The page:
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Rise’s story revolves around the Rampage, a calamity that once besieged Kamura village 50 years prior, and has now mysteriously returned. This ties into the rampage missions which work as a sort of tower-defence game in which you set up turrets and traps to repel monsters before they can destroy the gates protecting the village. Rampages are at their best when played with one or more extra hunters, but they’re more than serviceable on their own and offer a fun experience outside of standard hunts.

One other way Rise improves upon World is through its multiplayer integration. In World, all of the game’s hunts were accessible from the same quest board. While it was a good idea in theory, it led to a lot of faffing about as certain missions couldn’t be played in multiplayer until certain criteria was met. In Rise, it’s much cleaner. You have the village hub, which consists of easier low-rank quests for solo players; then there’s the gathering hub, where the missions designed for multiplayer missions are housed (but you can still play these solo). This is where you’ll be spending the majority of your time, as upon completion of the village quests or the low-rank quests in the multiplayer hub, you gain access to the gathering hub-exclusive high-rank quests, which offer up new monsters to hunt as well as harder variants of previous monsters with new attacks and new material drops.

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You also can’t have a Monster Hunter game without great tunes, and thankfully Rise delivers here, too. The first time we heard the horns kick in on the Sandy Plains flamenco-inspired battle theme, the hype hit us like a tidal wave. Even songs that previously existed in the series like Spark of Blue (the theme of Zinogre) get their own ancient Japan-inspired remixes. We also can’t talk about the music without mentioning the absolutely wonderful ‘fluffy bunny dango’ tune that plays during the adorable cooking animations, which had us smiling from ear to ear the first time we saw it.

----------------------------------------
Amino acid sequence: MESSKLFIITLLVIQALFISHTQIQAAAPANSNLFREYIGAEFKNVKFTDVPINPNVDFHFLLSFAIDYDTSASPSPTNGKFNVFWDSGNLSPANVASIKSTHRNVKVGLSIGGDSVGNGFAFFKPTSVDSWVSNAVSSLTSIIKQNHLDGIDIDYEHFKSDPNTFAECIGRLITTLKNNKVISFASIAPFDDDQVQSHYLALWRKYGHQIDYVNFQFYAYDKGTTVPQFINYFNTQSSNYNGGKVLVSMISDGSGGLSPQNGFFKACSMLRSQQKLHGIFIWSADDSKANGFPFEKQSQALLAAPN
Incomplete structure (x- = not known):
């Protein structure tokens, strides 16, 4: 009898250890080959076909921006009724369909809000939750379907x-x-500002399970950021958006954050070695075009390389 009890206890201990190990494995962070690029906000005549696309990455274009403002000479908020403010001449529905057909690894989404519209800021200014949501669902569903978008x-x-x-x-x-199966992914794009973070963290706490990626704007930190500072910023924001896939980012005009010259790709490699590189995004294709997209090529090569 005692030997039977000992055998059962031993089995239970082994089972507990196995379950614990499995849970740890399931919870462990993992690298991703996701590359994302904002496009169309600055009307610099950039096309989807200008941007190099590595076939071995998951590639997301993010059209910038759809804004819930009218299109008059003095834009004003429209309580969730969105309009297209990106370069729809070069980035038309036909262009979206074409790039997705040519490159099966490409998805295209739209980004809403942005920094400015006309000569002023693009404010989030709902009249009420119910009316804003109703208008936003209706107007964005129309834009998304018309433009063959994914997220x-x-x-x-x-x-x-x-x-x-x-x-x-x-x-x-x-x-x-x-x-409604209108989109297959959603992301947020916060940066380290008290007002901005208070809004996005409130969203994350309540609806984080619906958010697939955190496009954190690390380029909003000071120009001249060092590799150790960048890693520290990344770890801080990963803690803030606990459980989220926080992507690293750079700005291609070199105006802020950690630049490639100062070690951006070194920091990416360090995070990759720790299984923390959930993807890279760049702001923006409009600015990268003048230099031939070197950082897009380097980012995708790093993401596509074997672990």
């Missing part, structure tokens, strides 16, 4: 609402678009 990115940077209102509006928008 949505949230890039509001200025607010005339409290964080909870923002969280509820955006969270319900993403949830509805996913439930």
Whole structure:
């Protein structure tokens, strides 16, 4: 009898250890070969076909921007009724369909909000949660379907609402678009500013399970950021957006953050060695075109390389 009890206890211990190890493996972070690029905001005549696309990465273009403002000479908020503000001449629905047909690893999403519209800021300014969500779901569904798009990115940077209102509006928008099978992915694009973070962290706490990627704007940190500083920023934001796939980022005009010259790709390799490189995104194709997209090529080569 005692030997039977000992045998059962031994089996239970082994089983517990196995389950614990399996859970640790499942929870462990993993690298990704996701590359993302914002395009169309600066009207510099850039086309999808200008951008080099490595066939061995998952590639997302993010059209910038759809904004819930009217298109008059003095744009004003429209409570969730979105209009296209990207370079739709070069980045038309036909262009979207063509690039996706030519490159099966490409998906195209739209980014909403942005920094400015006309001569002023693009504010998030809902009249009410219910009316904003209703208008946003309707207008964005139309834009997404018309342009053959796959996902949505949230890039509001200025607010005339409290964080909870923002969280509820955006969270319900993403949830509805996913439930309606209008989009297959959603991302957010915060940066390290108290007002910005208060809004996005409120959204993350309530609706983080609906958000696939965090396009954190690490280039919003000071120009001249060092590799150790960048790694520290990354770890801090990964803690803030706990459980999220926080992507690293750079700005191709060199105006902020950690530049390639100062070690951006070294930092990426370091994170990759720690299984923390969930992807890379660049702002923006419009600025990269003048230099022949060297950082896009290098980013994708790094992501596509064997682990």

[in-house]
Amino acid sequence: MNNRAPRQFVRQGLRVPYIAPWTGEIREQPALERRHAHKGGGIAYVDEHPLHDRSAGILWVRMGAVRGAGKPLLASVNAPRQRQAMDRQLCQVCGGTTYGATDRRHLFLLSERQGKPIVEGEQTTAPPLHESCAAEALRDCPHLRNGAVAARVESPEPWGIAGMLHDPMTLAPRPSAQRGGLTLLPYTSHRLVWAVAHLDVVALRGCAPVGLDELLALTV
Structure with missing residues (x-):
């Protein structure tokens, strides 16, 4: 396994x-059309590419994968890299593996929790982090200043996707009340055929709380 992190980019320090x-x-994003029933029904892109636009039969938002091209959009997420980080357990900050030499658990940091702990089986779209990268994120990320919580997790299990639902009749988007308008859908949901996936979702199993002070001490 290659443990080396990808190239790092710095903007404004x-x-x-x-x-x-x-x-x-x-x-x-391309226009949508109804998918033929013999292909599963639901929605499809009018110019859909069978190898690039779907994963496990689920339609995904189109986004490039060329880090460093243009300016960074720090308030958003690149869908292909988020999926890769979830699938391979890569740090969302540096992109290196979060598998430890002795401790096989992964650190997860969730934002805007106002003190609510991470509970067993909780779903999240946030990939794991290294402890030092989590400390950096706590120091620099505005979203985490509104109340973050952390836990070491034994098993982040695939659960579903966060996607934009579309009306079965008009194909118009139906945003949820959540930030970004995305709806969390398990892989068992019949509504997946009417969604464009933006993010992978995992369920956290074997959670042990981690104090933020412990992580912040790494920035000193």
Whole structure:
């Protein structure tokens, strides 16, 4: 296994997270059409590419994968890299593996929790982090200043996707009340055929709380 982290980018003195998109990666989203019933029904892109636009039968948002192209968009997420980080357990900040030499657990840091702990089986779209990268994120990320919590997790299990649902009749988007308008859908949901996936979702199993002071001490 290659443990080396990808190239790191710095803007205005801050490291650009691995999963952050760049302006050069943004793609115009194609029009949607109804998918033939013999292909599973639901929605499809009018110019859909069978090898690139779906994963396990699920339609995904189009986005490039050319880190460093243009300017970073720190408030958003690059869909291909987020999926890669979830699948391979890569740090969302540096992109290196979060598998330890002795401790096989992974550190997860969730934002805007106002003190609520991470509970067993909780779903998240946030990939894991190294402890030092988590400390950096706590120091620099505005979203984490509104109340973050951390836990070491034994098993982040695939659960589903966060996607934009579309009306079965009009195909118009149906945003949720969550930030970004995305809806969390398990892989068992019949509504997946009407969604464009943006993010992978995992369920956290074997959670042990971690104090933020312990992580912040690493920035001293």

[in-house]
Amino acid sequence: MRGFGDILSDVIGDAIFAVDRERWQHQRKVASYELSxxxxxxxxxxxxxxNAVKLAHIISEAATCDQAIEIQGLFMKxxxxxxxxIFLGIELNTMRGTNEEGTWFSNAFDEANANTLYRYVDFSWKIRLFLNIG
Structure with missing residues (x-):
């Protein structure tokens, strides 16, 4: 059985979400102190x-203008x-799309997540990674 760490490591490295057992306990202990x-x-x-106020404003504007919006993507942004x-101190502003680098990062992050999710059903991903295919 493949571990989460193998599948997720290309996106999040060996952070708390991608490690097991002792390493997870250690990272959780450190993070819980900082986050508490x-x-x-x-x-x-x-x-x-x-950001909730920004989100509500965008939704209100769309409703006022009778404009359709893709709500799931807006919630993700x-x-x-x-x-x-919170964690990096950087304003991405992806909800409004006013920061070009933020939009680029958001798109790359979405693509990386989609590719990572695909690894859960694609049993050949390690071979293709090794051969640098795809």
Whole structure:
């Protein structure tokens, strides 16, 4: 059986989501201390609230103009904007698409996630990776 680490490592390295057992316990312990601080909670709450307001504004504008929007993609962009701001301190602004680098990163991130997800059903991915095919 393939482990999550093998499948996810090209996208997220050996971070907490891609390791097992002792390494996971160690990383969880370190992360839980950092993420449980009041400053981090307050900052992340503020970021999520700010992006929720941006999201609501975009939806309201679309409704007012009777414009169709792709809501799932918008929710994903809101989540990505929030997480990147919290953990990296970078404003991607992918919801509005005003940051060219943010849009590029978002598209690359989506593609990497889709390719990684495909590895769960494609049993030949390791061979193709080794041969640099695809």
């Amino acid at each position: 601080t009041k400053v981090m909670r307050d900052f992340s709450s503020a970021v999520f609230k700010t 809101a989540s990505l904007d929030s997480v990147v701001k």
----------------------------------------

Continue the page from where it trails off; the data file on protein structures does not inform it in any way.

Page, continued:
Rise was quite the looker for the Nintendo Switch at launch thanks to Capcom’s incredible RE Engine. While it still looks nice here on PS5, there are noticeable visual downgrades from the likes of World in some instances. However, worse visuals are a fair trade for the silky-smooth frame rate — something the Switch version doesn’t have.

This edition is also fully updated at launch, so issues present when Rise originally released — like the missing conclusion — are not a problem here. But there is the elephant in the room in that the Sunbreak expansion isn’t included at launch, and is instead arriving in spring. Considering this isn’t a full price release, we don’t feel like this is too much of an issue, especially since there’s already enough content in the base game to easily last you until the spring.

Conclusion

Monster Hunter Rise is the new standard for the series, and it’s a delight to finally have it on PlayStation, thanks to the improved frame rate and visual fidelity over the original release. There’s so much to it that there are still many things we haven’t mentioned, like the new monster riding, sped-up collecting and mining, or the hunting helpers. It’s a game this reviewer put over 100 hours in on the Switch, and we could be looking at 100 more on PS5. Monster Hunter’s eternally satisfying gameplay loop is met with now-essential quality of life and traversal improvements.